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View Full Version : U.S. to cease funding for Arecibo radio telescope. . .



Ronald Brak
2007-Sep-23, 12:52 PM
Eight million a year is apparently too much expense to justify the continued operation of the world's largest radio telescope dish.

http://www.washingtonpost.com/wp-dyn/content/article/2007/09/08/AR2007090801654.html

Larry Jacks
2007-Sep-23, 04:21 PM
From the article:

The National Science Foundation, which has long funded the dish, has told the Cornell University-operated facility that it will have to close if it cannot find outside sources for half of its already reduced $8 million budget in the next three years -- an ultimatum that has sent ripples of despair through the scientific community.

This suggests that the current $8 million a year is being cut in half. If they can find some international or corporate sponsors to pay $4 million a year then they can continue operations. This is one of those instances where the international scientific community has to decide if something they want is actually worth paying for out of their own pocket. Not everything worth paying for has to be paid for by US taxpayers.

Later in the article, there is this somewhat bleak assessment:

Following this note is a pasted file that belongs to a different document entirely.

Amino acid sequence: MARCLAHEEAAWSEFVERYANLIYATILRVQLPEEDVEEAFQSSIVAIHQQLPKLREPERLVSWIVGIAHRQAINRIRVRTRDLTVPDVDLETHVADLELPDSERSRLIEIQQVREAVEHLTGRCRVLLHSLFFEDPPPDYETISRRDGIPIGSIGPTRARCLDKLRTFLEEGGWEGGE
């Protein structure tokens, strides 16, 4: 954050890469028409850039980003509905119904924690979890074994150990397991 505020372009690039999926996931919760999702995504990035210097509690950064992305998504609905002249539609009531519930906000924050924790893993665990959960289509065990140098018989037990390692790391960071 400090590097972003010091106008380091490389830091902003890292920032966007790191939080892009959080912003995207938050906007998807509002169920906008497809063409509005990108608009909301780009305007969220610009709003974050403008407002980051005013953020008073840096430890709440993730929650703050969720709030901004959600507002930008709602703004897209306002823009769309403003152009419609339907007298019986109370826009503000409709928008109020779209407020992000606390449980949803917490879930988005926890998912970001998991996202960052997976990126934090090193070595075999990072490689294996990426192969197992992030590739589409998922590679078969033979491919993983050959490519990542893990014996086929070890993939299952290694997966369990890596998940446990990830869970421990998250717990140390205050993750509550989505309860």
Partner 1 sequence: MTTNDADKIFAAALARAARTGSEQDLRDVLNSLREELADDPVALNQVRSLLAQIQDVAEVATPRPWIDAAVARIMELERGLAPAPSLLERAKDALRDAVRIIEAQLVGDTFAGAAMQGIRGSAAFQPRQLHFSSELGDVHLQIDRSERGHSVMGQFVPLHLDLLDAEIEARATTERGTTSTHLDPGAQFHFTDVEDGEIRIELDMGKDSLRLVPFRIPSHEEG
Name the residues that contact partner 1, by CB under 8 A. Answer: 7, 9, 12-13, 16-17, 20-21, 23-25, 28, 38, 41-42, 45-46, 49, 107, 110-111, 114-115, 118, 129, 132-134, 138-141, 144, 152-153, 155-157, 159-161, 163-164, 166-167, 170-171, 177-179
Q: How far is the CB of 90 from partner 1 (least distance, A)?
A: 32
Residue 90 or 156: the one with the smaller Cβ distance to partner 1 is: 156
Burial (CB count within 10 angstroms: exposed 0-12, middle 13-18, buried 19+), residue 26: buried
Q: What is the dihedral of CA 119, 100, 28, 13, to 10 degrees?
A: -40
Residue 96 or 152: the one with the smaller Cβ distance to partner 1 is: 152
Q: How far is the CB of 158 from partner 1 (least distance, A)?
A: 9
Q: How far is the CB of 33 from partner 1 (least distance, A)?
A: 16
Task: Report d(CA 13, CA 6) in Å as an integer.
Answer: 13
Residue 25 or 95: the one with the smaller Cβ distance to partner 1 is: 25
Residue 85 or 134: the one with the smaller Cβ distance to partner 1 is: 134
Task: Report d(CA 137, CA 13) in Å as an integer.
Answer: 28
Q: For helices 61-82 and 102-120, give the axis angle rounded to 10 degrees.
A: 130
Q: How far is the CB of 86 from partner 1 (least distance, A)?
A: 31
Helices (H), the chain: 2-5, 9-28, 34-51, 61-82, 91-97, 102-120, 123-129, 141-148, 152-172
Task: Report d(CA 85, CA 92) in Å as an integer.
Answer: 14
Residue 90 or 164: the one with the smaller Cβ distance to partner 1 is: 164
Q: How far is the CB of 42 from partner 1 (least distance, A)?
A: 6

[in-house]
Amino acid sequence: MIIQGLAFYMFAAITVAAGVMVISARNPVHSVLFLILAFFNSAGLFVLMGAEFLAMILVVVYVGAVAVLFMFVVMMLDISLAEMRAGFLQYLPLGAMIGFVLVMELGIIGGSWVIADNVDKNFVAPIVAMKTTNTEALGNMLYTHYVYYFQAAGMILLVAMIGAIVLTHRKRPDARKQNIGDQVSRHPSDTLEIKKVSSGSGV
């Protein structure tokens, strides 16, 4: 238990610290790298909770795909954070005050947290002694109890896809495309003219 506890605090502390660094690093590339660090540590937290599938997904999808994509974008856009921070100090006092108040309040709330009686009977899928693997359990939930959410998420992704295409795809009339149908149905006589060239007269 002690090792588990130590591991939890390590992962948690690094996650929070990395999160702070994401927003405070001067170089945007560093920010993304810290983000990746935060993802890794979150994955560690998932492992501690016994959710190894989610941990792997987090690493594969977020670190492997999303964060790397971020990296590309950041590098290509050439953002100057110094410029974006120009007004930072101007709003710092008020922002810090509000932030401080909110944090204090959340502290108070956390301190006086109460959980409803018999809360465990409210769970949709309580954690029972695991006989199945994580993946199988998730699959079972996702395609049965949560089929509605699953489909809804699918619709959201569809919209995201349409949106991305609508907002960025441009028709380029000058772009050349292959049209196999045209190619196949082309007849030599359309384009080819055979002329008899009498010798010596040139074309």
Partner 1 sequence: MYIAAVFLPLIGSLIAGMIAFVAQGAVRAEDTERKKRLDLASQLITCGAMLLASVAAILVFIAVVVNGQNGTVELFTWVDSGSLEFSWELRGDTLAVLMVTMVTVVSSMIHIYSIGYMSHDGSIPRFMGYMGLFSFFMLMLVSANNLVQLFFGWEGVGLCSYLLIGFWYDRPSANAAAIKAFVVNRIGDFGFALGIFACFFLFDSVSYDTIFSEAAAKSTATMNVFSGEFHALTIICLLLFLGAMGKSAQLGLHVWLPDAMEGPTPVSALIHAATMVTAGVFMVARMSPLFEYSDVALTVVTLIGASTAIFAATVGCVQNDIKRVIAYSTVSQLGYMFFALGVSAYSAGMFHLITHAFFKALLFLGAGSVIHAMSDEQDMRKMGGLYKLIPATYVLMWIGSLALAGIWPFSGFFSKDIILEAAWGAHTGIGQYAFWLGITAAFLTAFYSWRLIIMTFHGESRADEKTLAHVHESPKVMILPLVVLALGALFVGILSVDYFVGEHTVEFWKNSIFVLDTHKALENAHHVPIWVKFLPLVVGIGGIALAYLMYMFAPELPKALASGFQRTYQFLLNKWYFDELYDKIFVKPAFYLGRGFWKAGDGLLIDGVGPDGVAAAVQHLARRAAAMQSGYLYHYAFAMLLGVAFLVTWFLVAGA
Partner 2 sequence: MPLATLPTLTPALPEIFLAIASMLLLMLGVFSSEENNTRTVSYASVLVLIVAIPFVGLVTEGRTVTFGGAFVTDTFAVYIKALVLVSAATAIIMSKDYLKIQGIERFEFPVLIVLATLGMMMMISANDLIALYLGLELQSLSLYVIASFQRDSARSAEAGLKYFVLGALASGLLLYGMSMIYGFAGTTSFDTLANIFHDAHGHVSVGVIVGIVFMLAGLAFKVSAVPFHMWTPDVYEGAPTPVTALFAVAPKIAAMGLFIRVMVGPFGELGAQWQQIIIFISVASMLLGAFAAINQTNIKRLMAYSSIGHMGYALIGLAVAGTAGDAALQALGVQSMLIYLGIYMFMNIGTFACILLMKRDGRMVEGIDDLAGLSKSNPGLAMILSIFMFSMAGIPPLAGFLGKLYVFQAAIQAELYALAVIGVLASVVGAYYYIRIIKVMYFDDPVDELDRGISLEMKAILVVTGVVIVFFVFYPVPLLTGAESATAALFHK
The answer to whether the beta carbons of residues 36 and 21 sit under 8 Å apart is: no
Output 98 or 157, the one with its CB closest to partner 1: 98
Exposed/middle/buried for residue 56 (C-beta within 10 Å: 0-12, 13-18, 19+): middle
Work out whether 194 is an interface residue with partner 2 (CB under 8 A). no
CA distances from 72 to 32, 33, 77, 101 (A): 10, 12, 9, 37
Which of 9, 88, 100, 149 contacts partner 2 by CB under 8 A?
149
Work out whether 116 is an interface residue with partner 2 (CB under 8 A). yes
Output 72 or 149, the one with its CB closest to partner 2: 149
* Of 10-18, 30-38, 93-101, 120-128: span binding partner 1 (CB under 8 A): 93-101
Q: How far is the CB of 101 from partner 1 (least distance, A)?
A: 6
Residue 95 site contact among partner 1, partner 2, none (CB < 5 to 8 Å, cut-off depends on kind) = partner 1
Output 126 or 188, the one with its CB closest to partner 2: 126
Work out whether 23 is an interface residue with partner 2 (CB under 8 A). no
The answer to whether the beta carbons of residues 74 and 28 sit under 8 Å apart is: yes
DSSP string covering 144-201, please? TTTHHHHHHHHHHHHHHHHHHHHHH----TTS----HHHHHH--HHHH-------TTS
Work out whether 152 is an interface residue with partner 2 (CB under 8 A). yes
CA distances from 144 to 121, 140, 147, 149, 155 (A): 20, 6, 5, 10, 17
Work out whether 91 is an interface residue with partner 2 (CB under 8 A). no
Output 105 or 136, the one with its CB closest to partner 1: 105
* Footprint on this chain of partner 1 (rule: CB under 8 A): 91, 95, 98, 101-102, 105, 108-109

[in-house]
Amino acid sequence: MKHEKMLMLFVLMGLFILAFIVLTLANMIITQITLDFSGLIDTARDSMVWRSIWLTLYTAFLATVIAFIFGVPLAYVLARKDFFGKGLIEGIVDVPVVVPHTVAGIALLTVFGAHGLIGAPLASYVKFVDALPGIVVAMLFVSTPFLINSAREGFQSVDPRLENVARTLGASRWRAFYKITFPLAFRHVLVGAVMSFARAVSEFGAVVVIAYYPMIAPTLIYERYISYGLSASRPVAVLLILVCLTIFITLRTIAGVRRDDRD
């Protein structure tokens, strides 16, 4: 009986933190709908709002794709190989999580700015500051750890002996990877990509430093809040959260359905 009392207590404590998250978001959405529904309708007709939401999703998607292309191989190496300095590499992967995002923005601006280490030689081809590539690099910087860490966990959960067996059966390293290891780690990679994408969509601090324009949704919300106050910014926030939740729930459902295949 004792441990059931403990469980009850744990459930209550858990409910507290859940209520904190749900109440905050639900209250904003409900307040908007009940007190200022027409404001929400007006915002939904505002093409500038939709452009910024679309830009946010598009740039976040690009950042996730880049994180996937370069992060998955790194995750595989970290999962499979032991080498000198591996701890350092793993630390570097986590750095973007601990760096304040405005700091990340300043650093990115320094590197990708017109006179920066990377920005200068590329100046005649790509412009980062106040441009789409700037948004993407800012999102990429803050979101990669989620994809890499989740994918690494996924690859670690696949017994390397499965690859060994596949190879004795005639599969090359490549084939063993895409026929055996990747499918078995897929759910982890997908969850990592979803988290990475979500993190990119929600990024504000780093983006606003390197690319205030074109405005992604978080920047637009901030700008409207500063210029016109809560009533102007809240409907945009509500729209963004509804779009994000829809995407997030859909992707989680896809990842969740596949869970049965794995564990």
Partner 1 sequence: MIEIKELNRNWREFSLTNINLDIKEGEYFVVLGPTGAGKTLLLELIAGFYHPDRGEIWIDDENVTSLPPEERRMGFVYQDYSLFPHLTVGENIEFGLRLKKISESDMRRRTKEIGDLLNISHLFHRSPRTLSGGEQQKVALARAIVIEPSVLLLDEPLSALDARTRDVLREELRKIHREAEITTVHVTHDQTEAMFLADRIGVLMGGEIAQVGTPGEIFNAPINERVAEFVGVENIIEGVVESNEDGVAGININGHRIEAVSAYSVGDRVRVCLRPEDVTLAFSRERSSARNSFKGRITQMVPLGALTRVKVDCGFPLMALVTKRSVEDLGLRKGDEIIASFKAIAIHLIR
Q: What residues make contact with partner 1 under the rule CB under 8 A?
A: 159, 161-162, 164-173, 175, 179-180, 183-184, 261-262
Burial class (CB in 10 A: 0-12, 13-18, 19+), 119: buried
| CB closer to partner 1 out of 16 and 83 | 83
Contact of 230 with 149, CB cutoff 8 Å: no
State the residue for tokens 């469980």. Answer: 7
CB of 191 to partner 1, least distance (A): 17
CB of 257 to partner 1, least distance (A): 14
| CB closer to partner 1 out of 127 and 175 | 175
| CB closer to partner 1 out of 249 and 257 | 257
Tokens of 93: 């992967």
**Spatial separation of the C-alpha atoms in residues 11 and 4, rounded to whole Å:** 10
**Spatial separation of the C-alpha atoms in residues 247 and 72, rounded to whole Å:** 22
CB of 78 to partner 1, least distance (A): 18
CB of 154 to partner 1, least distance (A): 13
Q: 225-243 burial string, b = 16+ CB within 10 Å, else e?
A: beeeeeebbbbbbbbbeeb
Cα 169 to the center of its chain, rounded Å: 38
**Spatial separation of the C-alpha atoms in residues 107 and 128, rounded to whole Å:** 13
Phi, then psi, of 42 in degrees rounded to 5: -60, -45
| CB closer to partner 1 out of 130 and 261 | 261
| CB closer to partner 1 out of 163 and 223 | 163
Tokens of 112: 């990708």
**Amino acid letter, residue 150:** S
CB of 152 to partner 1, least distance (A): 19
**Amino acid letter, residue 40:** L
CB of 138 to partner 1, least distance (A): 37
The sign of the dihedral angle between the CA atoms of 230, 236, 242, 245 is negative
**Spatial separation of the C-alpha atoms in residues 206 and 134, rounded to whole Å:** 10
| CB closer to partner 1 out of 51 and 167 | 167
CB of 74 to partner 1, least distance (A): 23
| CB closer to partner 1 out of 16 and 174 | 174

The cash crunch stems from a "senior review" completed last November at NSF. Its $200 million astronomy division -- increasingly committed to ambitious, new projects but long hobbled by flat congressional budgets -- was facing a deficit of at least $30 million by 2010.

"The ambitions of the astronomy community for new things was far outstripping the capacity of the federal budget to cover them," said Wayne van Citters, NSF's astronomy division director, who organized the independent review. The result was a tough-love ranking of priorities that hit Arecibo hardest but also put intense pressure on the New Mexico-based Very Long Baseline Array, a collection of 10 radio telescopes, whose staff was also told to start paying for half its costs or face closure in 2011.

Perhaps some SETI organization can pony up the funding. I'd hate to see either of these instruments downscoped or closed. However, in the face of flat or reduced funding and the desire for new instruments, something has to give unless new funding sources are found.